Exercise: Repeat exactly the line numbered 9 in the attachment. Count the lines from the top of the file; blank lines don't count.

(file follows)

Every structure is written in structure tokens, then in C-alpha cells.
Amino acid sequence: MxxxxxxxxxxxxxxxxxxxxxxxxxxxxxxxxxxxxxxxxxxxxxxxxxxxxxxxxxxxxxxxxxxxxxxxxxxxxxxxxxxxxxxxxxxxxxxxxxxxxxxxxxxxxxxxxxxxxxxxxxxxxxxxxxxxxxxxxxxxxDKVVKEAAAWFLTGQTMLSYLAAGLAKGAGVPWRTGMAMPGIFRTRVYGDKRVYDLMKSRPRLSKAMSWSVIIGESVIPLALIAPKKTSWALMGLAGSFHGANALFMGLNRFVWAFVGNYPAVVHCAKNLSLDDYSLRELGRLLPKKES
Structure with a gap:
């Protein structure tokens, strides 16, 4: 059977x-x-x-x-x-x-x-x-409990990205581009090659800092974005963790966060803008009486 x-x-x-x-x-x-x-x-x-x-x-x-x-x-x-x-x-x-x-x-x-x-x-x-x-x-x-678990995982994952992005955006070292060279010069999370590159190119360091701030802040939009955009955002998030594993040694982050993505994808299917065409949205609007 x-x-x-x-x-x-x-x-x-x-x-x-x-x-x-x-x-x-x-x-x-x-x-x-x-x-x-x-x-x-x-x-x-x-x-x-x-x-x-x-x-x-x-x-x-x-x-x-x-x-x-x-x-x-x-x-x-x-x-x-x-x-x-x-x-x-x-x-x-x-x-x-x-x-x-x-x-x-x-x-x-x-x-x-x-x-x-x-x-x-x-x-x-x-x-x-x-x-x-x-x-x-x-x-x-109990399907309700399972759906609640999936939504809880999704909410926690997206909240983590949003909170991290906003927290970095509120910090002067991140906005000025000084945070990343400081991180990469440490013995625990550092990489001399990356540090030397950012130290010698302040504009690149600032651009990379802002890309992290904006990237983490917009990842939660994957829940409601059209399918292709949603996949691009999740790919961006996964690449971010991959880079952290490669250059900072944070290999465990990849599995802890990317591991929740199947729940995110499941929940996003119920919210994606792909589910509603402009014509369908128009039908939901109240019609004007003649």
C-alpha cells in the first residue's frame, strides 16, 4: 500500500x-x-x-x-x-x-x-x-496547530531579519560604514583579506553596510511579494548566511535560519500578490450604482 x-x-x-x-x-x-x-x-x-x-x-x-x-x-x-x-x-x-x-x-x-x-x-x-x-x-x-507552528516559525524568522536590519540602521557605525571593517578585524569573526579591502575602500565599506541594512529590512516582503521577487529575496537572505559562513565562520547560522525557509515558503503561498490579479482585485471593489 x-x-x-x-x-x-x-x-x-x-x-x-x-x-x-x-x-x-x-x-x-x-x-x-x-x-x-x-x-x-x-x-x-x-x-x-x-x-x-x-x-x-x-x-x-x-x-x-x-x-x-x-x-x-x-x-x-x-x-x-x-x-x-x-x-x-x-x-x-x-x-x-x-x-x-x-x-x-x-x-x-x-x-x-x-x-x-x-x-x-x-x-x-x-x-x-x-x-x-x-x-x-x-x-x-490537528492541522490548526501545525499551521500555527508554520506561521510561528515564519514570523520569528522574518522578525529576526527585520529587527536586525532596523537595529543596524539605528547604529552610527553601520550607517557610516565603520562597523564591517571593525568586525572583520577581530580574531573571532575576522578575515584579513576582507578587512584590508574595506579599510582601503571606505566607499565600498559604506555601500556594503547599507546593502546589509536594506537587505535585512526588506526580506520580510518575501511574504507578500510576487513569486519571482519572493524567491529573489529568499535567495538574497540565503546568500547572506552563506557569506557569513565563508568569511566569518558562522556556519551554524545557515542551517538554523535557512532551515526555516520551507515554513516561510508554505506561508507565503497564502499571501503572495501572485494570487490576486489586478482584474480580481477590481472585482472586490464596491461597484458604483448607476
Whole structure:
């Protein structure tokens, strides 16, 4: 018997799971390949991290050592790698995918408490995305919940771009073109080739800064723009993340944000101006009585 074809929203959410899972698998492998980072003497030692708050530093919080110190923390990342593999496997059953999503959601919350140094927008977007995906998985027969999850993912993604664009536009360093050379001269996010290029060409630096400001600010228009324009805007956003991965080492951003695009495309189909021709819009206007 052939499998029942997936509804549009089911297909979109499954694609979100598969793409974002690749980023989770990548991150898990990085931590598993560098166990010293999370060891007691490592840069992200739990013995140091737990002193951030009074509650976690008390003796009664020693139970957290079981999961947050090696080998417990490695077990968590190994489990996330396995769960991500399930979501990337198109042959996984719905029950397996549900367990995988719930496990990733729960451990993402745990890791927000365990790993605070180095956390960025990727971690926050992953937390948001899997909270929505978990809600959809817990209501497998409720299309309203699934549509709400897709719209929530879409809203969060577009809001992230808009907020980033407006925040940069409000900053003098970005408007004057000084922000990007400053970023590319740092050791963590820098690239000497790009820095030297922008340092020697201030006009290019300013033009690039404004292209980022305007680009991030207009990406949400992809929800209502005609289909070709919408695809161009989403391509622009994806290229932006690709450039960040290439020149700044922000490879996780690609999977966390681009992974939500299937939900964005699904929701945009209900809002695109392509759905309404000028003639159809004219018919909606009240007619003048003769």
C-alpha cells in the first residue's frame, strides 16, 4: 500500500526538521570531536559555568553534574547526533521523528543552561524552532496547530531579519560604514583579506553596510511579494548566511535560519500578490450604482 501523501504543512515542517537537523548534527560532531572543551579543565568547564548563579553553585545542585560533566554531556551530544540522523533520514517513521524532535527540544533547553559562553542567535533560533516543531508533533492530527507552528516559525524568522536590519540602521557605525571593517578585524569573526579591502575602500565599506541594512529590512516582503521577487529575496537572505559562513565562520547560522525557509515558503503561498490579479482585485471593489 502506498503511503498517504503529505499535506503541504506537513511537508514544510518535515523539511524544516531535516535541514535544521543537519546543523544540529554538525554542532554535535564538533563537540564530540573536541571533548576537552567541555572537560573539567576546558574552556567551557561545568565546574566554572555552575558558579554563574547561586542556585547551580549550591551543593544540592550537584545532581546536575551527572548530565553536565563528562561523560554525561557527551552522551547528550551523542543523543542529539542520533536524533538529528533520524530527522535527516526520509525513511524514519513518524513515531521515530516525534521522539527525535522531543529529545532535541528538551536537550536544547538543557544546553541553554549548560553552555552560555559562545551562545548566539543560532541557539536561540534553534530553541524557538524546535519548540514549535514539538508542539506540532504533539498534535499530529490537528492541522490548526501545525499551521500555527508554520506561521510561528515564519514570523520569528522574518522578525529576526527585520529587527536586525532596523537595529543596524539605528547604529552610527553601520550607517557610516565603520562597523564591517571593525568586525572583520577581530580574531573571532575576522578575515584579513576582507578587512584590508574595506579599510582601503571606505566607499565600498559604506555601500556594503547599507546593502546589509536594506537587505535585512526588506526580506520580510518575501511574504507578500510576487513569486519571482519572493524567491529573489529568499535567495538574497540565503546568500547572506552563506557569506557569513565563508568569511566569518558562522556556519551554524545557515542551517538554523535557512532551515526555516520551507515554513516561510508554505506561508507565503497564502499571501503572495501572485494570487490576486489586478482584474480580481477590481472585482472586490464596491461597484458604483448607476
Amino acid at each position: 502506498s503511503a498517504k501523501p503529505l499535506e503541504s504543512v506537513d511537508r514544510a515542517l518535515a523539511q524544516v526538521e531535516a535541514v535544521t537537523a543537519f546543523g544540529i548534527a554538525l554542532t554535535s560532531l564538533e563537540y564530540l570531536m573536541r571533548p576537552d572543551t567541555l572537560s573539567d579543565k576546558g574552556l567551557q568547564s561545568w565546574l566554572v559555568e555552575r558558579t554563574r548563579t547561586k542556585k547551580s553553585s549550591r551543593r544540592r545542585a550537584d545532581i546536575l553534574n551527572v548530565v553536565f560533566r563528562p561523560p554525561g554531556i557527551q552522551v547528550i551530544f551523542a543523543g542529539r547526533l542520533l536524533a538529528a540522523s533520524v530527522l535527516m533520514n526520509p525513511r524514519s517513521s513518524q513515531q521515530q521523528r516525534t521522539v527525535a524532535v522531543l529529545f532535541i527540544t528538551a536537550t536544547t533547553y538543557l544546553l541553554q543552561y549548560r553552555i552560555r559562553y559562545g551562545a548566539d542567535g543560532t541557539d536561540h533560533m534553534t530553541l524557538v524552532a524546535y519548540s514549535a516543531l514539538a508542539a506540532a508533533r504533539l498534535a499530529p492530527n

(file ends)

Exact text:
Amino acid at each position: 502506498s503511503a498517504k501523501p503529505l499535506e503541504s504543512v506537513d511537508r514544510a515542517l518535515a523539511q524544516v526538521e531535516a535541514v535544521t537537523a543537519f546543523g544540529i548534527a554538525l554542532t554535535s560532531l564538533e563537540y564530540l570531536m573536541r571533548p576537552d572543551t567541555l572537560s573539567d579543565k576546558g574552556l567551557q568547564s561545568w565546574l566554572v559555568e555552575r558558579t554563574r548563579t547561586k542556585k547551580s553553585s549550591r551543593r544540592r545542585a550537584d545532581i546536575l553534574n551527572v548530565v553536565f560533566r563528562p561523560p554525561g554531556i557527551q552522551v547528550i551530544f551523542a543523543g542529539r547526533l542520533l536524533a538529528a540522523s533520524v530527522l535527516m533520514n526520509p525513511r524514519s517513521s513518524q513515531q521515530q521523528r516525534t521522539v527525535a524532535v522531543l529529545f532535541i527540544t528538551a536537550t536544547t533547553y538543557l544546553l541553554q543552561y549548560r553552555i552560555r559562553y559562545g551562545a548566539d542567535g543560532t541557539d536561540h533560533m534553534t530553541l524557538v524552532a524546535y519548540s514549535a516543531l514539538a508542539a506540532a508533533r504533539l498534535a499530529p492530527n